TIAA CEO Thasunda Brown Duckett Talks Having a Strategic Retirement Plan After Her Father Missed Out on Savings
The head of a leading financial services provider encourages people to have a strategic investment plan to avoid losing out on the full benefits of retirement earnings.
Thasunda Brown Duckett, CEO of the Teachers Insurance and Annuity Association of America (TIAA), provides investment and insurance services for employees in education, medicine, culture, and research. Working at the organization led her to realize that her father lost out on years of retirement savings.
Duckett stepped into the role as CEO at TIAA in 2021 and is reportedly one of two Black women CEOs of a Fortune 500 company. Duckett’s father, Otis Brown, missed out on years of benefits in retirement as a result of never taking part in any further retirement planning beyond his pension investment.
“The information his company was providing [about retirement benefits] didn’t connect with a man in the warehouse,” Duckett told Fortune during the Fortune Most Powerful Women Conference.
The Economic Innovation Group (EIG) found that 41% of Black American families had retirement savings, as compared to 68% of white counterparts. She stressed the importance of having a robust investment portfolio, as studies found a high number of Americans risk running out of retirement money because they aren’t diversifying their retirement investments.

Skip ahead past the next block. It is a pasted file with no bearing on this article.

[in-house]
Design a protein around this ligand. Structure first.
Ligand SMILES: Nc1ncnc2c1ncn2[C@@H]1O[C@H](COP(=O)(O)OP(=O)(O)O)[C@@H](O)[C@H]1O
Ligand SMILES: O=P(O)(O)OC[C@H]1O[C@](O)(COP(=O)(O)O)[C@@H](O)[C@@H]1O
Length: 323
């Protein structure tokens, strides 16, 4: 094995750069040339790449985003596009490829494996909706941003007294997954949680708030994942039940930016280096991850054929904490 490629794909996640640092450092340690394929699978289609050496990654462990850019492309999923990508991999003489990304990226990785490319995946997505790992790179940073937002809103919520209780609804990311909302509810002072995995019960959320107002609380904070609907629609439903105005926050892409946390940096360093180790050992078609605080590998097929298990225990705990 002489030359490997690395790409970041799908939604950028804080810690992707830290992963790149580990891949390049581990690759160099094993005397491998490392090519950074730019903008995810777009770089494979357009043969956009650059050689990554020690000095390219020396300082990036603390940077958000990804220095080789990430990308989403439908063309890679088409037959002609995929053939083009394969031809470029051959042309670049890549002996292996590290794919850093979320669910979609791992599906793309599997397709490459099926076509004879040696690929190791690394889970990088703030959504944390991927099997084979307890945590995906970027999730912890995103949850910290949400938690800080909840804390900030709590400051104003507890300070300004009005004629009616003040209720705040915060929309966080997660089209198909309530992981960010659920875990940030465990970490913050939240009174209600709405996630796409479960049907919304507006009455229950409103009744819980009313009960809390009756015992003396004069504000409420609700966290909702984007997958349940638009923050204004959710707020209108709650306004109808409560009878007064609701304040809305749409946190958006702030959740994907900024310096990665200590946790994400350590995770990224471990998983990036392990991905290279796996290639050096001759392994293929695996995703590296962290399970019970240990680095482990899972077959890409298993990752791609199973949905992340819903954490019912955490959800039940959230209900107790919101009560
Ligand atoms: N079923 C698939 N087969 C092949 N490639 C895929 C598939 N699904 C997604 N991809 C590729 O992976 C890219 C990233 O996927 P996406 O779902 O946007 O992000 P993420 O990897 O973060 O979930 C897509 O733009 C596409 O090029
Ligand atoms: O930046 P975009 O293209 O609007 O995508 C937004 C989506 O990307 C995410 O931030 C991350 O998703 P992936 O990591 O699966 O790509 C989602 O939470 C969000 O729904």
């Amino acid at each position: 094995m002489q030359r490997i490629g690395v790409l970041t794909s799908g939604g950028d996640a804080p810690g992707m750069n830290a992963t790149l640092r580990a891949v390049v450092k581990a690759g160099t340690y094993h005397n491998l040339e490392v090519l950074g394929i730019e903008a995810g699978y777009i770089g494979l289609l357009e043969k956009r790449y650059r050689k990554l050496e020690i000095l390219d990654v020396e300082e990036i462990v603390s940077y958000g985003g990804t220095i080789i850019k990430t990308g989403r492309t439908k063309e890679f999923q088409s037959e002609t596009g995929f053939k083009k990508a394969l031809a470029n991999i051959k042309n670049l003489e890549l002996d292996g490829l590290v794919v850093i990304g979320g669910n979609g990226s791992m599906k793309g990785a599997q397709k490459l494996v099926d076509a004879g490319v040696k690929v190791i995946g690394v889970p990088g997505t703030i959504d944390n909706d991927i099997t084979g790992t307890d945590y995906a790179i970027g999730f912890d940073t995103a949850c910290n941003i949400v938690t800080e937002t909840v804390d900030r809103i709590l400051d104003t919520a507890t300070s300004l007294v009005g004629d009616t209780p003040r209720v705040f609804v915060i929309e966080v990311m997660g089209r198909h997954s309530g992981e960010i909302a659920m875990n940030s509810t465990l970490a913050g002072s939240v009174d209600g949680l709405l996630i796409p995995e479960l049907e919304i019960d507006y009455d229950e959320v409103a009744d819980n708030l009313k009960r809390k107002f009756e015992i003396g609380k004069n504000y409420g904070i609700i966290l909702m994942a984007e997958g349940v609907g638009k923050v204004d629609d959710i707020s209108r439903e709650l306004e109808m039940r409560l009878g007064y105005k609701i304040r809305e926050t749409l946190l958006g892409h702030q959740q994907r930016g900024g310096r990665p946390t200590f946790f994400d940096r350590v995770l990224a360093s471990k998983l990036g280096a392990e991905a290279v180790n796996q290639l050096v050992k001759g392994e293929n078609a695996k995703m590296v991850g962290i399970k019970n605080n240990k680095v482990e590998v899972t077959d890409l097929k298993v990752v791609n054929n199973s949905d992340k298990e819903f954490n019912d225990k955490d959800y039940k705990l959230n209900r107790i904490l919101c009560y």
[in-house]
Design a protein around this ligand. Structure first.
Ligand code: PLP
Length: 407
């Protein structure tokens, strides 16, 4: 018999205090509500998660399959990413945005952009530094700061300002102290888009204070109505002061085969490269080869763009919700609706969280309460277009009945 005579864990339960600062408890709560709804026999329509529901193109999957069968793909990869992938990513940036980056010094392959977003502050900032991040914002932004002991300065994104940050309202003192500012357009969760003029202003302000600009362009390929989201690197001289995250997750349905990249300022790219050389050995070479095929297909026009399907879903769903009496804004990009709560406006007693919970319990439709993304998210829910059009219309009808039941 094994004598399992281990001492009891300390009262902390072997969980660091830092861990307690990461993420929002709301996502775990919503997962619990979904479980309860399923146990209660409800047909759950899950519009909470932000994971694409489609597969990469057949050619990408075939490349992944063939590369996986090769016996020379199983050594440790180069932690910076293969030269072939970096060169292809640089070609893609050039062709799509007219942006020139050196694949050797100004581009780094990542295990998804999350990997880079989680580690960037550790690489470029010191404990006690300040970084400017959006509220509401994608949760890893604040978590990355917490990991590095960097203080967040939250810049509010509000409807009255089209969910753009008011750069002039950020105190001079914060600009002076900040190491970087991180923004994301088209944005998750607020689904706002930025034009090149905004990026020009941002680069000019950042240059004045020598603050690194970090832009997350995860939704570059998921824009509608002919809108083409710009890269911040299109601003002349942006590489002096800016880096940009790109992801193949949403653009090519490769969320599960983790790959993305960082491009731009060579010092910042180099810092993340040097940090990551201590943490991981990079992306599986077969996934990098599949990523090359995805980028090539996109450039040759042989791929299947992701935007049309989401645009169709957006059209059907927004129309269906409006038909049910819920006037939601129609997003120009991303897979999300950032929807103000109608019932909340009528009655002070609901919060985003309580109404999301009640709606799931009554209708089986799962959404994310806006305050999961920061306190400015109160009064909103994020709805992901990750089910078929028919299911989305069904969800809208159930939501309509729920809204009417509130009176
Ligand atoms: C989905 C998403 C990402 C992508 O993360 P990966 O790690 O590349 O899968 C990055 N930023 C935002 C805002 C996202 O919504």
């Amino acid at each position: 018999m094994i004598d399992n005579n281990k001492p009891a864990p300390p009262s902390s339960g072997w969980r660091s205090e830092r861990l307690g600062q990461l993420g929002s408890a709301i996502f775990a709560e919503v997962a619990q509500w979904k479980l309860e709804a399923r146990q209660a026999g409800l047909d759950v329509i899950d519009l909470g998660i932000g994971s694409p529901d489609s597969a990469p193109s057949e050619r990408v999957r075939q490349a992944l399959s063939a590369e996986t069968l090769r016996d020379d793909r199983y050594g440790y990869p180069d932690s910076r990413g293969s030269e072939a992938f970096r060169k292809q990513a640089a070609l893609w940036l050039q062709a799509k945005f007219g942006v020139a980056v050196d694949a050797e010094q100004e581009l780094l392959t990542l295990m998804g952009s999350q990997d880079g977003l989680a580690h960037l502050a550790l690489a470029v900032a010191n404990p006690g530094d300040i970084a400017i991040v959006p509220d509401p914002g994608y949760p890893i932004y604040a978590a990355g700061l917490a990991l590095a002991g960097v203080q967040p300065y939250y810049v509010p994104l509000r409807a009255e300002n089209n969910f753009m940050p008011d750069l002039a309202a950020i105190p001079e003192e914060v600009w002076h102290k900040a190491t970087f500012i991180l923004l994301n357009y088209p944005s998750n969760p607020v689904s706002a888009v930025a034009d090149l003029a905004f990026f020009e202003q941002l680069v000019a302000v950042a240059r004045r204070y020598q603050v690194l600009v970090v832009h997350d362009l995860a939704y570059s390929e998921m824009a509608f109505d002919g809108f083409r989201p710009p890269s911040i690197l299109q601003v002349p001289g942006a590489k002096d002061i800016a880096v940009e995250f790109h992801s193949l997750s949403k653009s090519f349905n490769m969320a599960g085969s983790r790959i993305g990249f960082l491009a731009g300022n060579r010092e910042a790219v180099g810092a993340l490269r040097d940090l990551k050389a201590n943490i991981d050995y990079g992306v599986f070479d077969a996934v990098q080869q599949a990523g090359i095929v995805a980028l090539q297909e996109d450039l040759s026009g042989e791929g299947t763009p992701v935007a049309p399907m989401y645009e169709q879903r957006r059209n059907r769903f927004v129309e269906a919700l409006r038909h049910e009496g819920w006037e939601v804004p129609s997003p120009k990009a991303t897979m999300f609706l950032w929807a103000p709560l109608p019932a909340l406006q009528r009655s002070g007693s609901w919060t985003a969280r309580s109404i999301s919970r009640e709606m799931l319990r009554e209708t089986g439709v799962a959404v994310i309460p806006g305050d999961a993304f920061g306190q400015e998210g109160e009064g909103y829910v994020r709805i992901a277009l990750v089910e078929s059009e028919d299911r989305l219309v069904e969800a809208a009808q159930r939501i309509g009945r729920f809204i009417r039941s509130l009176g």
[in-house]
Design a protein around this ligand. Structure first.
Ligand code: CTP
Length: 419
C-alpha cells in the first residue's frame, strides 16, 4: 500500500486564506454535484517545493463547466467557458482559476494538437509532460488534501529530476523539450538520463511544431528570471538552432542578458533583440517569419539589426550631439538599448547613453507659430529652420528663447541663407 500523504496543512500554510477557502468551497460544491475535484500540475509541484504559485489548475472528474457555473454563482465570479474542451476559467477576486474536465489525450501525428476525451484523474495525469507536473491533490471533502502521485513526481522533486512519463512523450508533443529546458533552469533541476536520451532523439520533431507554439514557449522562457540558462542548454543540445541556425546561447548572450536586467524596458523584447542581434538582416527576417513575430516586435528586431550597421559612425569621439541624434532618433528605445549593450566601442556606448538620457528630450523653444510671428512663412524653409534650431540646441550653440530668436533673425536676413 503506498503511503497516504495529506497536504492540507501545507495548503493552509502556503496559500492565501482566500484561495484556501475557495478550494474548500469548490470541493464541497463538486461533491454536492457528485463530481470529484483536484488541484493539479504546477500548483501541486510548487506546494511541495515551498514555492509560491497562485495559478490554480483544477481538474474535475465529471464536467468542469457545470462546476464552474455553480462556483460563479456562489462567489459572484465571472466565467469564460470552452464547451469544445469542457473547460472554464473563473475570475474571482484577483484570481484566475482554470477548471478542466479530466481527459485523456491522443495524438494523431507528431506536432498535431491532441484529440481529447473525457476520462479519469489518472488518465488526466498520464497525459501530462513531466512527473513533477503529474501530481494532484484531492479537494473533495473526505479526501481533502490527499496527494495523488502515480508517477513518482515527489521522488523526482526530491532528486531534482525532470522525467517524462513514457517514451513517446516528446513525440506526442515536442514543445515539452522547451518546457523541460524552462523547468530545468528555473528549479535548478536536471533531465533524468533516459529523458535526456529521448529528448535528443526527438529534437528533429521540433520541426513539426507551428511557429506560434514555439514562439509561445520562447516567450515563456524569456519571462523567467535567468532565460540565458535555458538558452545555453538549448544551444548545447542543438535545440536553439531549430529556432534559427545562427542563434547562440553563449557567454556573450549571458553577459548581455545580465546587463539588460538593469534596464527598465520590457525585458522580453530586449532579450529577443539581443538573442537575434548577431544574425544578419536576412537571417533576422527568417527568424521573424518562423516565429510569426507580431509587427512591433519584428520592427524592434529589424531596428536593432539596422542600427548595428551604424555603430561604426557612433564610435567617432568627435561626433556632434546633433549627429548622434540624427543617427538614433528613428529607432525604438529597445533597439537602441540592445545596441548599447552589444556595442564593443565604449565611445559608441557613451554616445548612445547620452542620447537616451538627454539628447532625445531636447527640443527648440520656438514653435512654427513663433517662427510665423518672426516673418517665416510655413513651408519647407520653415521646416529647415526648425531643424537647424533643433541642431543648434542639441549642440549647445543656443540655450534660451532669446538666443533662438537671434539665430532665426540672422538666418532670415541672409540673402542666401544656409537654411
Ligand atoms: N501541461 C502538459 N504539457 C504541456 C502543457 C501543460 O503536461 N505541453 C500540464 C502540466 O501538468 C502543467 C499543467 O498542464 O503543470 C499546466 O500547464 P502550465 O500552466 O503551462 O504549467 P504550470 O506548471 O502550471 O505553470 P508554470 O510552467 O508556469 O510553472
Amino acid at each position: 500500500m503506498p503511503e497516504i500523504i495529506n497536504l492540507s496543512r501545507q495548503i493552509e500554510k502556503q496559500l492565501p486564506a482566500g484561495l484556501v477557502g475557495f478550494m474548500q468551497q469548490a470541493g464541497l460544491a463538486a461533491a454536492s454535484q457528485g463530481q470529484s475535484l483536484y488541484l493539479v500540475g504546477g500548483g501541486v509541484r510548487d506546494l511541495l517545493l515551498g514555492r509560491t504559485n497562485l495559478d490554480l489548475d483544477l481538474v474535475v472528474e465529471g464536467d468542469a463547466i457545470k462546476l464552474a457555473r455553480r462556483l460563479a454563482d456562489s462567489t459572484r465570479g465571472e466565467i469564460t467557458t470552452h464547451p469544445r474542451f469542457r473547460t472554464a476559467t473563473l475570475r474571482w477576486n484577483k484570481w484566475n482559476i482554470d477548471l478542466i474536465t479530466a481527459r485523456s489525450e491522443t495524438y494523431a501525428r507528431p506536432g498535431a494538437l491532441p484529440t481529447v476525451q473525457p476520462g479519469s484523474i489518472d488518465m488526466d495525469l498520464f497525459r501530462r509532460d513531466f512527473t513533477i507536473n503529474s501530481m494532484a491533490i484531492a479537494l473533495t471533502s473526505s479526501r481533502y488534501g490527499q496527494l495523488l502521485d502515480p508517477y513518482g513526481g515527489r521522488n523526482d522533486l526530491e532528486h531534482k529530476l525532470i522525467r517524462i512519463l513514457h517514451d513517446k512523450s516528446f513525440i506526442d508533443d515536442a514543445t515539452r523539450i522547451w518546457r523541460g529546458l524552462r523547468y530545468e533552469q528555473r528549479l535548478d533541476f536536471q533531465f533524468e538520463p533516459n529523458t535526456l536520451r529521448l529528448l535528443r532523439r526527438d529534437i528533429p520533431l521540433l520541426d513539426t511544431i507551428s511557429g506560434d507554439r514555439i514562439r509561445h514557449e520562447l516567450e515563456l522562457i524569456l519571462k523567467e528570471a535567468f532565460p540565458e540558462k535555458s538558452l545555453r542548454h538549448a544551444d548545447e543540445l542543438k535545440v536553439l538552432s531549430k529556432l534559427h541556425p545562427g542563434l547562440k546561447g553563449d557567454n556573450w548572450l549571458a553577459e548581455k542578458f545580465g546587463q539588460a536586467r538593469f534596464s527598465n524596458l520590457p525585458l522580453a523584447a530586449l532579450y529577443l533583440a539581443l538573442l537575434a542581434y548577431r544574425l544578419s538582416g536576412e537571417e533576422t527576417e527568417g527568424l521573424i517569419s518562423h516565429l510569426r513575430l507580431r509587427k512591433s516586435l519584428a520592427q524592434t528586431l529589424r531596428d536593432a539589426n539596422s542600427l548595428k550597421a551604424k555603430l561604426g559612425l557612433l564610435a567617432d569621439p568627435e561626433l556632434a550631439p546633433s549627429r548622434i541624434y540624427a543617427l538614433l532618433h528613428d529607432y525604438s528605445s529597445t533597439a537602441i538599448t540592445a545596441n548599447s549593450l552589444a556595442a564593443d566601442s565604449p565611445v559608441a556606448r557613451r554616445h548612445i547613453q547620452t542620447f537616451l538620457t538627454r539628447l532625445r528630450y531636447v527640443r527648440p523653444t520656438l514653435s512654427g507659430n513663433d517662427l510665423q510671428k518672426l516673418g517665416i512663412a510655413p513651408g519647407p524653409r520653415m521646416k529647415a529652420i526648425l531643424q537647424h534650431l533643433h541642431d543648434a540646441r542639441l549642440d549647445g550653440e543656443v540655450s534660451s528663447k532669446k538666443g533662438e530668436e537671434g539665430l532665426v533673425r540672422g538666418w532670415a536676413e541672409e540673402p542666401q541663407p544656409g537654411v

“The Fed has been very clear,” Duckett said.
“It wants inflation down to 2 percent; currently it’s at 8.3 percent. A recession is looking likely. The question is, ‘How long and how hard?’ We don’t know.”
According to a recent interview with Barron’s, the retirement expert shared that Millennials and Gen Z should prepare for a shift in wealth as a result of the start of one of the greatest transfers of intergenerational wealth that is likely to take place within the next five years. However, they also need to prepare to face new headwinds when it comes to retirement savings.
“Compared with their parents and grandparents, younger generations have fewer options to save for retirement,” she said.
“Older workers may have had access to employer-sponsored, defined benefits (DB) or pension plans which helped set them up for financial success and provided greater access to lifetime income options. Today, few employers offer these types of plans, opting instead for defined contribution (DC) plans, if they’re offering a retirement plan at all. In fact, one-third of Americans today say they don’t have access at all to an employer-sponsored retirement plan.”